Technology to help meet future emissions challenges

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The MCA released today a report by Commodity Insights, a specialist advisory firm, on the outlook for thermal coal demand in the Asia Pacific region.

This presents a challenge to work harder to reduce emissions in the region to meet Paris Agreement goals, including through the use of technology such as carbon capture, utilisation and storage (CCUS).

The report updates 2018 analysis of seaborne thermal coal demand in the Asia Pacific region to 2030 and projects that Asian thermal coal imports are expected to grow by more than 270 million tonnes (Mt) to 1.1 billion tonnes per annum.

This forecast is sensitive to assumptions about technology costs and additional steps countries may take to respond to climate change.

Australian thermal coal is amongst the highest quality in the world, enabling more energy to be produced with less CO2 emitted per kWh of electricity produced than most alternative sources.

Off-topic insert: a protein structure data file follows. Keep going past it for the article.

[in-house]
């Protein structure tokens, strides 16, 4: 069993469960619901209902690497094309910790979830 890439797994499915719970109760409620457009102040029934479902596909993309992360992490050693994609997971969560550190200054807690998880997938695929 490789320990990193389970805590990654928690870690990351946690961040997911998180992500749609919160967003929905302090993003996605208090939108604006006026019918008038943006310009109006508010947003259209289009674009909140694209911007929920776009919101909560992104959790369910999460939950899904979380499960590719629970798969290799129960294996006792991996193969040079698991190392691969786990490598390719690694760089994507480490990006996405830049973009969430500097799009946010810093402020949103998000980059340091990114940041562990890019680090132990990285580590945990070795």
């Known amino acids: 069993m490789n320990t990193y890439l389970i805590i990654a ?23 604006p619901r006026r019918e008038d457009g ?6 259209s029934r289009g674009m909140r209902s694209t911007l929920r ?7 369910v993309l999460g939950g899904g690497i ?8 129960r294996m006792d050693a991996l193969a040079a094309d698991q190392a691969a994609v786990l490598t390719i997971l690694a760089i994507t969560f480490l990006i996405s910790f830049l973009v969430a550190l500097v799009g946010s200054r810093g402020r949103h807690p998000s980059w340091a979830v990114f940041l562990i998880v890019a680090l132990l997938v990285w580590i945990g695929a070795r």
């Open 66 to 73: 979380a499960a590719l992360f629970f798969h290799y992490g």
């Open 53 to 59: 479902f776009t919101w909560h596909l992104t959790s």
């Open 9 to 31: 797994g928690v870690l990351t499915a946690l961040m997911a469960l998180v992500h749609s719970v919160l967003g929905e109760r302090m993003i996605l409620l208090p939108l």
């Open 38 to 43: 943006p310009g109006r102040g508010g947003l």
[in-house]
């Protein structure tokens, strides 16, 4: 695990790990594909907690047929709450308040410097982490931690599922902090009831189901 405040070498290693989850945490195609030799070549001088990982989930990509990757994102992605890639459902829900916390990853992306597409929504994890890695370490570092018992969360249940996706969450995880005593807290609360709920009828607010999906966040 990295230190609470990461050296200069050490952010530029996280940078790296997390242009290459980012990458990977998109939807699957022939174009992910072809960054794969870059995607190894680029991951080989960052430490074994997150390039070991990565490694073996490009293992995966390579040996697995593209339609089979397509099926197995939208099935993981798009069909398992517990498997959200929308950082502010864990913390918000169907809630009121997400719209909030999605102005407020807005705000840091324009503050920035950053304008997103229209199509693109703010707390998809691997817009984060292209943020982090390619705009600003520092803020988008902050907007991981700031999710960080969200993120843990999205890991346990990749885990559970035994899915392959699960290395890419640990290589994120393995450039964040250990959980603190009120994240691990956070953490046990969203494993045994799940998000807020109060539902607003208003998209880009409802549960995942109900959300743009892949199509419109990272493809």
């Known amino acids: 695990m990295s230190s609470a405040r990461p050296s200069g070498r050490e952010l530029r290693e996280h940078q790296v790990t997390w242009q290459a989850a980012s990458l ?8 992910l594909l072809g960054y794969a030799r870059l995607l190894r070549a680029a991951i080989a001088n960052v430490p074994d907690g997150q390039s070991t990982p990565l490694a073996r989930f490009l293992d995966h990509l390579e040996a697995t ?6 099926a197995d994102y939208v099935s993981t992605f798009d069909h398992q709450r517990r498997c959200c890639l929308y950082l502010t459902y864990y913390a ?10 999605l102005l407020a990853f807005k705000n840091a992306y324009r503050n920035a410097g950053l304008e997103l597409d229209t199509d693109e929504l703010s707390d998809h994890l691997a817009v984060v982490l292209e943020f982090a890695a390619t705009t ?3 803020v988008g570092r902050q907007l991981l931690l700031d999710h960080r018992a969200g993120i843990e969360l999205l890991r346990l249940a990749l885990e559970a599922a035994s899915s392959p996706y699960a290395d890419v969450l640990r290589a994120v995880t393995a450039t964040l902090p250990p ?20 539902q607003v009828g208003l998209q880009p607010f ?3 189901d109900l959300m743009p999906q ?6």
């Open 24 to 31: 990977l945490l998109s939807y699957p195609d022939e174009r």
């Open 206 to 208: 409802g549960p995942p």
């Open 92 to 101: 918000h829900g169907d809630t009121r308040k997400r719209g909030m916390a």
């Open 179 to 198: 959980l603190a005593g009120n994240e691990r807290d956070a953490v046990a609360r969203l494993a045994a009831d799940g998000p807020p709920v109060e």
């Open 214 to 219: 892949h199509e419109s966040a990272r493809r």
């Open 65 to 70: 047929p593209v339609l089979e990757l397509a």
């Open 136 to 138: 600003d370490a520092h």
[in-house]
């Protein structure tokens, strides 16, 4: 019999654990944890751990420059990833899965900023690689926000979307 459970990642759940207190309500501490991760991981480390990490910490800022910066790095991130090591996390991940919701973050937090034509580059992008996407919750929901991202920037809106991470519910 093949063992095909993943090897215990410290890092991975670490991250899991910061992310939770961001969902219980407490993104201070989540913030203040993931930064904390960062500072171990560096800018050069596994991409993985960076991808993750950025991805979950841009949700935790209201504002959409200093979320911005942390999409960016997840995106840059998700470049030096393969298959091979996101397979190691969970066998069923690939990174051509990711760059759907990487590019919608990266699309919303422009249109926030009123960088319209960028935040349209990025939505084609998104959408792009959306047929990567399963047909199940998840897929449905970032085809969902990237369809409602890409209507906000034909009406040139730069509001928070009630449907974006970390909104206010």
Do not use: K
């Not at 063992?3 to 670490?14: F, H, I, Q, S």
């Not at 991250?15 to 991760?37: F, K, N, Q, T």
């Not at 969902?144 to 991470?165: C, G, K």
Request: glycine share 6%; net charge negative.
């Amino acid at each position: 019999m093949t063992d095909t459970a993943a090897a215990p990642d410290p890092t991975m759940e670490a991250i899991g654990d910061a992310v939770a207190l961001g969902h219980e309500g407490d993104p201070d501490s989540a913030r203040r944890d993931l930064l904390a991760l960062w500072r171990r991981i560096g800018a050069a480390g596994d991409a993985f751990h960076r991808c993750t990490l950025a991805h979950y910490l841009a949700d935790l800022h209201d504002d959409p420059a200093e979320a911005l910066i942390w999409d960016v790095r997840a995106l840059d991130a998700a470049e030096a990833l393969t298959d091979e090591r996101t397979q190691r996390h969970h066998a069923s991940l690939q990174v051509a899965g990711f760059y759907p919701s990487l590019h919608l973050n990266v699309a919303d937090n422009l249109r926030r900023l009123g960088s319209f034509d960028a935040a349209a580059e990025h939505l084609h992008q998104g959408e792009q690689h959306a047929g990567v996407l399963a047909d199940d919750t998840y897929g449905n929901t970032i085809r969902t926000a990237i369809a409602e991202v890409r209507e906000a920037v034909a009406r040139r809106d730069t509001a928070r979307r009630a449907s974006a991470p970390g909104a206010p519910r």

It is critically important to achieve global net zero emissions, and there are clearly challenges ahead in the Asia-Pacific region in relation to emissions reduction, requiring consideration of low-emissions technologies such as CCUS, renewables, gas and nuclear power to meet Paris Agreement goals.

Australia’s minerals industry has commenced implementation of the MCA Climate Action Plan, focused on driving low-emissions technology within operations and across mine sites, transparency and reporting and knowledge sharing.

As the world recovers from COVID-19 and works towards a zero net emissions future, Australian minerals companies will play a central role in providing the resources needed to grow sustainably in coming decades.

In 2019-20, Australia’s exports of thermal and metallurgical (steel-making) coal were worth $54.6 billion which was 11.5 per cent of Australia’s total export revenue ($474.8 billion).

An update of the medium term outlook for metallurgical coal is expected in 2021.



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